I have finally done it, something I would never have thought I was capable of. I have abandoned my BlackBerry.
I remember that way back in the first decade of the current century it seemed like I had fallen in love. Here was a device that meant I would never be separated from my work; rather like Linus’s rag in the Snoopy cartoons, I carried it with me and at night, just as I was dozing off, it would chirrup to announce the arrival of some hugely important piece of junk mail that needed to be dealt with absolutely instantaneously, if not sooner. New parents who complain of sleep deprivation will be familiar with the feeling.
But gradually, almost imperceptibly, BlackBerry and I have grown apart. It is sad and I feel guilty – perhaps I could have done more. But in recent months there were three of us in the relationship: me, my BlackBerry and Microsoft Outlook 2013. Clearly, Outlook 2013 was jealous and every time I tried to bring Outlook and my ageing Blackberry Torch together my contacts would multiply with fecundity and philoprogenitiveness until I had almost 9,000 of them. It was to say the least inconvenient and, thinking about it, I could have called the Technopolis hotline and sought the advice of my colleague Jonathan Margolis. But, in my heart, I knew what he would say: namely, switch to an iPhone.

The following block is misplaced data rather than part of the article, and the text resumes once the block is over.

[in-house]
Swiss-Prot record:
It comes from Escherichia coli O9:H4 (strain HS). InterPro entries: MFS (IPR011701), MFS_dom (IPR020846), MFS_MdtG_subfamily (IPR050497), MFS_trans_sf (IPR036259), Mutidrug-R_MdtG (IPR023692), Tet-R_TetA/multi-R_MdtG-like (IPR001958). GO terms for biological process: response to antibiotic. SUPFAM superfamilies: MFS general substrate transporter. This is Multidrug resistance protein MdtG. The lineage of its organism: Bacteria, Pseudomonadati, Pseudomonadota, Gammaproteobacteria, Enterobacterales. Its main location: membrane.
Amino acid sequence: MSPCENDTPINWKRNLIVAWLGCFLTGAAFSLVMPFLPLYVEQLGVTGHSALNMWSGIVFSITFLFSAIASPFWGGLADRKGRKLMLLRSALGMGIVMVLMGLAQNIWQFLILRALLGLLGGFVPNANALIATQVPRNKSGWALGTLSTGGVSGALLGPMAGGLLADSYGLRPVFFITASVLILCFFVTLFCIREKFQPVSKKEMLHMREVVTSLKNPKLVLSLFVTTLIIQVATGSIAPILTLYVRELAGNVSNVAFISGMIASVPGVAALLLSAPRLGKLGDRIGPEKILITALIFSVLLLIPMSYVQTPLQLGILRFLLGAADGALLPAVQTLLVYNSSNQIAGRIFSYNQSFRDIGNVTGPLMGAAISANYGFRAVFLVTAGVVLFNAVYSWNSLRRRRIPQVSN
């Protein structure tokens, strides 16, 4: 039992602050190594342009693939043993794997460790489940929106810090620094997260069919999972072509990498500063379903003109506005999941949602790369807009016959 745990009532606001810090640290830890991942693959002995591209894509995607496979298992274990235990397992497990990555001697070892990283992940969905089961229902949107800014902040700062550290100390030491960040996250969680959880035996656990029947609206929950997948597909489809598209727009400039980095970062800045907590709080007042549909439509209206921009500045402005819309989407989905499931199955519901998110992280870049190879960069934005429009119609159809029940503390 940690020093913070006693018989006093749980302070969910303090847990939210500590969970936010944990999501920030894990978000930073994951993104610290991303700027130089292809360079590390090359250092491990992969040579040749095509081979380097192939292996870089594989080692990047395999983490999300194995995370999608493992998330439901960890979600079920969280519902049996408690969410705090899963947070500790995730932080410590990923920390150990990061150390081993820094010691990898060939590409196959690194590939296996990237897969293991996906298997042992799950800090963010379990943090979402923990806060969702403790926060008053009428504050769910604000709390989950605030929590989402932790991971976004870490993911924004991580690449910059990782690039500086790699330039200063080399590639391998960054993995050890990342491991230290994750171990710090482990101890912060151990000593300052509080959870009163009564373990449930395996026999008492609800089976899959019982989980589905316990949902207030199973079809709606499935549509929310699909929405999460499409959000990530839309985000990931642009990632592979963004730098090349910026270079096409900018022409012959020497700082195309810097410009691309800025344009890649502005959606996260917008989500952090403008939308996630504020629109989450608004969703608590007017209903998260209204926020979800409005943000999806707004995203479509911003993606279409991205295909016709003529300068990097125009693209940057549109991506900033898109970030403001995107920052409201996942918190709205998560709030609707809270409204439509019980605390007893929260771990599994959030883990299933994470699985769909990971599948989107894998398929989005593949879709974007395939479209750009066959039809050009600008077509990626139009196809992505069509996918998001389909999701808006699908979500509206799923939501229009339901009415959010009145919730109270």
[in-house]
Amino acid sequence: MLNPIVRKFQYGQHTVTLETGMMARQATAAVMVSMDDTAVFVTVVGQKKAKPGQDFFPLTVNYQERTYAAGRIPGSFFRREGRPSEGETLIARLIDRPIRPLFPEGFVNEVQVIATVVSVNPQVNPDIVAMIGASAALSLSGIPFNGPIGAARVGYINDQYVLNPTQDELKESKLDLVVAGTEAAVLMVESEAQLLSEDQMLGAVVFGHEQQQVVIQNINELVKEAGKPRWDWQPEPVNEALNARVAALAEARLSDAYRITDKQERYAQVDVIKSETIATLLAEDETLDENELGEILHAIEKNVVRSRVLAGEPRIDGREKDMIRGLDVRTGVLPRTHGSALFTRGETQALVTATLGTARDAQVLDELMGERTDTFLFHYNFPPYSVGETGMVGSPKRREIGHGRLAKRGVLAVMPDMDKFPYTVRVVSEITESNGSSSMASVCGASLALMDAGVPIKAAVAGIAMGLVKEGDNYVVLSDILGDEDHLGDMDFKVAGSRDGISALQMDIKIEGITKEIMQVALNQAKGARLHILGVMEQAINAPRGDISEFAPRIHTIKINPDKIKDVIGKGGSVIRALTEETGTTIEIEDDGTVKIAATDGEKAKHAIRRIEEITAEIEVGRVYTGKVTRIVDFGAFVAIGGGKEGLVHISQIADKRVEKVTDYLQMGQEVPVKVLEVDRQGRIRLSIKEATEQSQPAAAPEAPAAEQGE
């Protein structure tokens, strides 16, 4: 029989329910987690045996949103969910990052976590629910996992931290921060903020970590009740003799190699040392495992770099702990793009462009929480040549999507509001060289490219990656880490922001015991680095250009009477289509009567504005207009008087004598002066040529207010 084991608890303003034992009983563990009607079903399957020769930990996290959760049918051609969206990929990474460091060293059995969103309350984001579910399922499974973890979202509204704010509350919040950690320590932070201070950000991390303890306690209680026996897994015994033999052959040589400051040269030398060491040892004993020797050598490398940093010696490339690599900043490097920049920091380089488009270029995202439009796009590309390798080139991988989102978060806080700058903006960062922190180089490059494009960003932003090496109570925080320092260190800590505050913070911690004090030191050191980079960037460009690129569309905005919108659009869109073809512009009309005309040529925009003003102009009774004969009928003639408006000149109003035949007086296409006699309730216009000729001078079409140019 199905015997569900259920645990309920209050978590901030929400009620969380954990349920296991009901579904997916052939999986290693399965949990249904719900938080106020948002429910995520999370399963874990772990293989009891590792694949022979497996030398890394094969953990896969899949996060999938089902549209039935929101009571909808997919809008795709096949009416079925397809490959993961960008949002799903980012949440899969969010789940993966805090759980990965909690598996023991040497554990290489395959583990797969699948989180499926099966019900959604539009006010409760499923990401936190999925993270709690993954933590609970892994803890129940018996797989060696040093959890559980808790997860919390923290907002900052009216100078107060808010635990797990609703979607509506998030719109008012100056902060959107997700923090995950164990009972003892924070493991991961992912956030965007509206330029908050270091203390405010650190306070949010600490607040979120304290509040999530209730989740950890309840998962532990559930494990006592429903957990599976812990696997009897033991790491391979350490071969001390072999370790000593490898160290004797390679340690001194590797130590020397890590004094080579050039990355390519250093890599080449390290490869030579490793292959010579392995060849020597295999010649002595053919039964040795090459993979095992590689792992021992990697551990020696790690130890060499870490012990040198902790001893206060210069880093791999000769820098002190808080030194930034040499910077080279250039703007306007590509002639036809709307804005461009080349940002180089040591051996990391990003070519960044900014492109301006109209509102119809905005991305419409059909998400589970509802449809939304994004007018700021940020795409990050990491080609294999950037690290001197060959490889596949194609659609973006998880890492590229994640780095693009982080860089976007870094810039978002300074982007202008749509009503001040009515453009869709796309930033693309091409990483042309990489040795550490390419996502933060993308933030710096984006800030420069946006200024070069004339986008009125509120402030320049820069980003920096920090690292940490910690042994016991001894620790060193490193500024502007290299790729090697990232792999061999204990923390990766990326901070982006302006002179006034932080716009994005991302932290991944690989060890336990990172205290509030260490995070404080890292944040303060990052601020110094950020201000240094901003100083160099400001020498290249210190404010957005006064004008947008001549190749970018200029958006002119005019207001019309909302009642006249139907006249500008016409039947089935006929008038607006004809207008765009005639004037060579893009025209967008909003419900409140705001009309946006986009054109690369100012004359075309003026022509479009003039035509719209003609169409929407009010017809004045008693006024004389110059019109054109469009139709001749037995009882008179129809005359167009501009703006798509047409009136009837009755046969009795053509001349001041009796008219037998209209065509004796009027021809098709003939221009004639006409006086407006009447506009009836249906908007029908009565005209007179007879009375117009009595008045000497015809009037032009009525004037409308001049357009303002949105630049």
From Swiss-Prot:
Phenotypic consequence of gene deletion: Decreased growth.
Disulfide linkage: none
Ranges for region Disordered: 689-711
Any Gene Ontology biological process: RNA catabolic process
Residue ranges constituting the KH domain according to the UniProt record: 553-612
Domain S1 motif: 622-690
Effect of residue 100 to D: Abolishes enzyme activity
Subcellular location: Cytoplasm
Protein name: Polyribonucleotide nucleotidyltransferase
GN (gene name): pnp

And, reluctantly at first, that is what I did, throwing myself in at the deep end with an iPhone 5s and a contract that seemed to stretch so far into the future that my children might end up inheriting it. Yes, I find the absent keyboard a pain. Yes, the battery needs topping up about as frequently as a Lamborghini being driven at speed through Europe. And I miss the BlackBerry data roaming package. But even I could not resist the ineluctable technological tide any longer. It is a dilemma that many people I know have recently faced and we are all finding the same thing: a more or less childlike delight at having a brilliant new toy. Just something as “simple” as having all one’s music on one’s telephone – a feature that I genuinely believed to be neither here nor there – has improved my life. It is not quite like finding God, but I do feel akin to a prodigal son for whom a moderately fatted nut roast has been slaughtered.
All in all, it is a little like getting a new pet. I want to cosset it and buy it things. I daresay that this infatuation will pass, but for the moment I am enjoying the novel sensation of finding more to like than loathe about a new piece of technology.